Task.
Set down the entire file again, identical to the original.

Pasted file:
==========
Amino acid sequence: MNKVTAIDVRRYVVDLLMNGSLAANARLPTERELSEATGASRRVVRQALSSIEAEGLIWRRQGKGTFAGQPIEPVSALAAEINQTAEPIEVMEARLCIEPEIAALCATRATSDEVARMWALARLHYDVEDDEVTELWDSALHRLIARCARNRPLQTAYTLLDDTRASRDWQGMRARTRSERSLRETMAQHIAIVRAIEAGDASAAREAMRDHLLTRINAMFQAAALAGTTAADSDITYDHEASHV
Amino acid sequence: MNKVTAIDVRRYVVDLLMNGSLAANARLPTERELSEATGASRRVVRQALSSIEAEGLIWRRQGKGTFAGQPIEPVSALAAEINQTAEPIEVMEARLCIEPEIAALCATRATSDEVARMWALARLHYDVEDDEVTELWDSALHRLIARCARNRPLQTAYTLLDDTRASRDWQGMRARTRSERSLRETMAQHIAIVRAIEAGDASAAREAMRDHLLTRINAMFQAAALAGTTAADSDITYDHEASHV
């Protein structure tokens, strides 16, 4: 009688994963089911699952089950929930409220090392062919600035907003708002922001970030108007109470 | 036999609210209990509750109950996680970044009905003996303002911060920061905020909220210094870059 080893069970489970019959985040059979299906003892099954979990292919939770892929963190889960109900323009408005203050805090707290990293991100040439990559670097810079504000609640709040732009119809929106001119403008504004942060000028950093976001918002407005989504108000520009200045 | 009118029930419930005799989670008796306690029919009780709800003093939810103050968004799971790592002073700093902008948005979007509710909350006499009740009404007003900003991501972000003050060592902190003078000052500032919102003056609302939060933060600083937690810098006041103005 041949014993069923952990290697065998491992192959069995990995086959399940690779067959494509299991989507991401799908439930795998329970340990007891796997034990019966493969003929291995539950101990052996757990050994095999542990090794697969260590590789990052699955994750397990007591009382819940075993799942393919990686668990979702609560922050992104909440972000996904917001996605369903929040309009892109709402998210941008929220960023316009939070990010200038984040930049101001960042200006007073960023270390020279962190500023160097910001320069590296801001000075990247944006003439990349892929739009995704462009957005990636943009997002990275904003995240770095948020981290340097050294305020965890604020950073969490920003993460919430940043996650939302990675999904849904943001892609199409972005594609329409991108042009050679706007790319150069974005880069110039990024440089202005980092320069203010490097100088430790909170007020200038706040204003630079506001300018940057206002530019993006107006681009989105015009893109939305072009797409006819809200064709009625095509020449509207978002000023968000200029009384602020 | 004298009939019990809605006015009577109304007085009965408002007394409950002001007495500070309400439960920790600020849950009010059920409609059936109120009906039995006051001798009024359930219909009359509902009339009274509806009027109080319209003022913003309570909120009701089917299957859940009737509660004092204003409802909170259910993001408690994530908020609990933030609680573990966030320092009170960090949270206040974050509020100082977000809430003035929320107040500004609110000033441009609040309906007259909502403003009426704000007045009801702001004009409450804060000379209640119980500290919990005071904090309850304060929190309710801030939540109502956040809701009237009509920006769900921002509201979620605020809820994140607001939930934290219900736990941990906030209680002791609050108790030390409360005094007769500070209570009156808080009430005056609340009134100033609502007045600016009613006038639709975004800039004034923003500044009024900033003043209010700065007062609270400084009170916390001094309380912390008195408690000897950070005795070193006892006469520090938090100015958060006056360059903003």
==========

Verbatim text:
Amino acid sequence: MNKVTAIDVRRYVVDLLMNGSLAANARLPTERELSEATGASRRVVRQALSSIEAEGLIWRRQGKGTFAGQPIEPVSALAAEINQTAEPIEVMEARLCIEPEIAALCATRATSDEVARMWALARLHYDVEDDEVTELWDSALHRLIARCARNRPLQTAYTLLDDTRASRDWQGMRARTRSERSLRETMAQHIAIVRAIEAGDASAAREAMRDHLLTRINAMFQAAALAGTTAADSDITYDHEASHV
Amino acid sequence: MNKVTAIDVRRYVVDLLMNGSLAANARLPTERELSEATGASRRVVRQALSSIEAEGLIWRRQGKGTFAGQPIEPVSALAAEINQTAEPIEVMEARLCIEPEIAALCATRATSDEVARMWALARLHYDVEDDEVTELWDSALHRLIARCARNRPLQTAYTLLDDTRASRDWQGMRARTRSERSLRETMAQHIAIVRAIEAGDASAAREAMRDHLLTRINAMFQAAALAGTTAADSDITYDHEASHV
């Protein structure tokens, strides 16, 4: 009688994963089911699952089950929930409220090392062919600035907003708002922001970030108007109470 | 036999609210209990509750109950996680970044009905003996303002911060920061905020909220210094870059 080893069970489970019959985040059979299906003892099954979990292919939770892929963190889960109900323009408005203050805090707290990293991100040439990559670097810079504000609640709040732009119809929106001119403008504004942060000028950093976001918002407005989504108000520009200045 | 009118029930419930005799989670008796306690029919009780709800003093939810103050968004799971790592002073700093902008948005979007509710909350006499009740009404007003900003991501972000003050060592902190003078000052500032919102003056609302939060933060600083937690810098006041103005 041949014993069923952990290697065998491992192959069995990995086959399940690779067959494509299991989507991401799908439930795998329970340990007891796997034990019966493969003929291995539950101990052996757990050994095999542990090794697969260590590789990052699955994750397990007591009382819940075993799942393919990686668990979702609560922050992104909440972000996904917001996605369903929040309009892109709402998210941008929220960023316009939070990010200038984040930049101001960042200006007073960023270390020279962190500023160097910001320069590296801001000075990247944006003439990349892929739009995704462009957005990636943009997002990275904003995240770095948020981290340097050294305020965890604020950073969490920003993460919430940043996650939302990675999904849904943001892609199409972005594609329409991108042009050679706007790319150069974005880069110039990024440089202005980092320069203010490097100088430790909170007020200038706040204003630079506001300018940057206002530019993006107006681009989105015009893109939305072009797409006819809200064709009625095509020449509207978002000023968000200029009384602020 | 004298009939019990809605006015009577109304007085009965408002007394409950002001007495500070309400439960920790600020849950009010059920409609059936109120009906039995006051001798009024359930219909009359509902009339009274509806009027109080319209003022913003309570909120009701089917299957859940009737509660004092204003409802909170259910993001408690994530908020609990933030609680573990966030320092009170960090949270206040974050509020100082977000809430003035929320107040500004609110000033441009609040309906007259909502403003009426704000007045009801702001004009409450804060000379209640119980500290919990005071904090309850304060929190309710801030939540109502956040809701009237009509920006769900921002509201979620605020809820994140607001939930934290219900736990941990906030209680002791609050108790030390409360005094007769500070209570009156808080009430005056609340009134100033609502007045600016009613006038639709975004800039004034923003500044009024900033003043209010700065007062609270400084009170916390001094309380912390008195408690000897950070005795070193006892006469520090938090100015958060006056360059903003």